When in the cycle does formal testing begin?
- By Jack Vaughan
Extreme and agile programming styles that emphasize up-front testing may lead to testing earlier on in the development cycle. But, said Cutter Consortium Analyst E.M. Bennatan, “generally speaking, testing starts late.” A recent Cutter survey results bear this out.
According to Bennatan’s research, most respondents using agile methods felt that testing was easier with agile methodologies than with traditional methods. “You are taking small steps, so you have less to test at each iteration. As a result, testing is much more successful and [fewer] bugs actually get through,” he explained.
“The difficult thing is to test large chunks of software,” Bennatan said. “It is much easier if you can test two or three person-years of software and the next time in the cycle, do it again.”
But the largest single group (44%) in a recent Cutter survey waited until the end of coding to begin testing. And another sizable group (12%) waited for integration of major software modules to begin testing.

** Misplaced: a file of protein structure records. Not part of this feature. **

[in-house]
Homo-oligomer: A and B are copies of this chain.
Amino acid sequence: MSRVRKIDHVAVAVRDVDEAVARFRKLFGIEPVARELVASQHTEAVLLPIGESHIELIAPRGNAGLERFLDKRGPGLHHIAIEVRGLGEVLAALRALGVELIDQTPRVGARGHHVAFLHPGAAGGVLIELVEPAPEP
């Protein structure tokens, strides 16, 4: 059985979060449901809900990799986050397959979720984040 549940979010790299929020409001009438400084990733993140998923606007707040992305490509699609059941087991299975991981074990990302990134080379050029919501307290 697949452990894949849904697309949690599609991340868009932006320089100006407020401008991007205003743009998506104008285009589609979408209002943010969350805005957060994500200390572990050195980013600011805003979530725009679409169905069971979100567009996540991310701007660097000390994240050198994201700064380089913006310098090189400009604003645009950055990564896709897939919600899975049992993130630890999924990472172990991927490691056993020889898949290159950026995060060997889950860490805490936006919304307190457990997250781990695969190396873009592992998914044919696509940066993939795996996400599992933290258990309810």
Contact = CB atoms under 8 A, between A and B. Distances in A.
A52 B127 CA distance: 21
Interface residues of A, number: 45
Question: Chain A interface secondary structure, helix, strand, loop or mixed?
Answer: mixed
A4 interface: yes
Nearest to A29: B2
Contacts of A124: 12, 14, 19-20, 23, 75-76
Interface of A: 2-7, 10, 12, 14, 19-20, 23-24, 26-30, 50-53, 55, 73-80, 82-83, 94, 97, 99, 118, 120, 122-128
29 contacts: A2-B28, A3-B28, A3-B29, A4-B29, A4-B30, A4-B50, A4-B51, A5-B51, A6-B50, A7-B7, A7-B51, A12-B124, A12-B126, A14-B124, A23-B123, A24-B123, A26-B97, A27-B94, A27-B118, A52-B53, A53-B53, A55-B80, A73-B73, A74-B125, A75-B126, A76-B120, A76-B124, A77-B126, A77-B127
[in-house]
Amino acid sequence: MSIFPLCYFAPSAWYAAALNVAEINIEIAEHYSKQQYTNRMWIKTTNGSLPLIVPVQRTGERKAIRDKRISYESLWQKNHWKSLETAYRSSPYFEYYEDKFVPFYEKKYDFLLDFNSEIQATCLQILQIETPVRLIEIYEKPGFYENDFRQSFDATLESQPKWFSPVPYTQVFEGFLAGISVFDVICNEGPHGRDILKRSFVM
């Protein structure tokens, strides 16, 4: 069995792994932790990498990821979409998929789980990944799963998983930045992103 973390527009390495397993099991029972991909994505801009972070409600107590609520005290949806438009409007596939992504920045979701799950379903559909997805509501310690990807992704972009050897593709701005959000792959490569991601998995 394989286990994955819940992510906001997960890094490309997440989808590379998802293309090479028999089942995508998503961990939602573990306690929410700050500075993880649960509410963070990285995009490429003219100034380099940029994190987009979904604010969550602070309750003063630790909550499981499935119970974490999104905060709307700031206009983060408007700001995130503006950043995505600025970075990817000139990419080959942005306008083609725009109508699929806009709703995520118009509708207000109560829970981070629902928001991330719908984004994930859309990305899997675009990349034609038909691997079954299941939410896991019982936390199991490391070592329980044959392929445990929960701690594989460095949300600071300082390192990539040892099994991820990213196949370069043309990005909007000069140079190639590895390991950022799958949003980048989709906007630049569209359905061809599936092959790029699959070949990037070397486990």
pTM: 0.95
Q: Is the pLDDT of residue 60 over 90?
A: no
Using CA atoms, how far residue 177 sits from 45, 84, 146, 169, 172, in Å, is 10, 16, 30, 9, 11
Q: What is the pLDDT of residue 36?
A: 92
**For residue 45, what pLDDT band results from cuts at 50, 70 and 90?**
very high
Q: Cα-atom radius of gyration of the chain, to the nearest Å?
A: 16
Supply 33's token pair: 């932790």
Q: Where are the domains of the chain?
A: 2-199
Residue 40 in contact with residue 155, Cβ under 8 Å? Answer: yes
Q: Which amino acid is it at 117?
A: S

As integration becomes a larger part of the development picture, waiting for integration -- of enterprise application packages and other integration elements -- may become a bigger part of the test planning problem.
“Unfortunately, sometimes there is nothing you can do about it,” said Bennatan. “When you [rely on] components from other organizations, you sometimes must wait until they are delivered.”
Please see the following related stories:
“New ways to test packages” by Lana Gates and Jack Vaughan
“Dow Chemical uses Optane to fine-tune SAP” by Lana Gates
“A sampling of testing tools” by Lana Gates and Maggie Madden
“Toolmakers await ‘wireless revolution’” by Mike Bucken
Or click here for a Web-only Special Report on Testing.
Jack Vaughan is former Editor-at-Large at Application Development Trends magazine.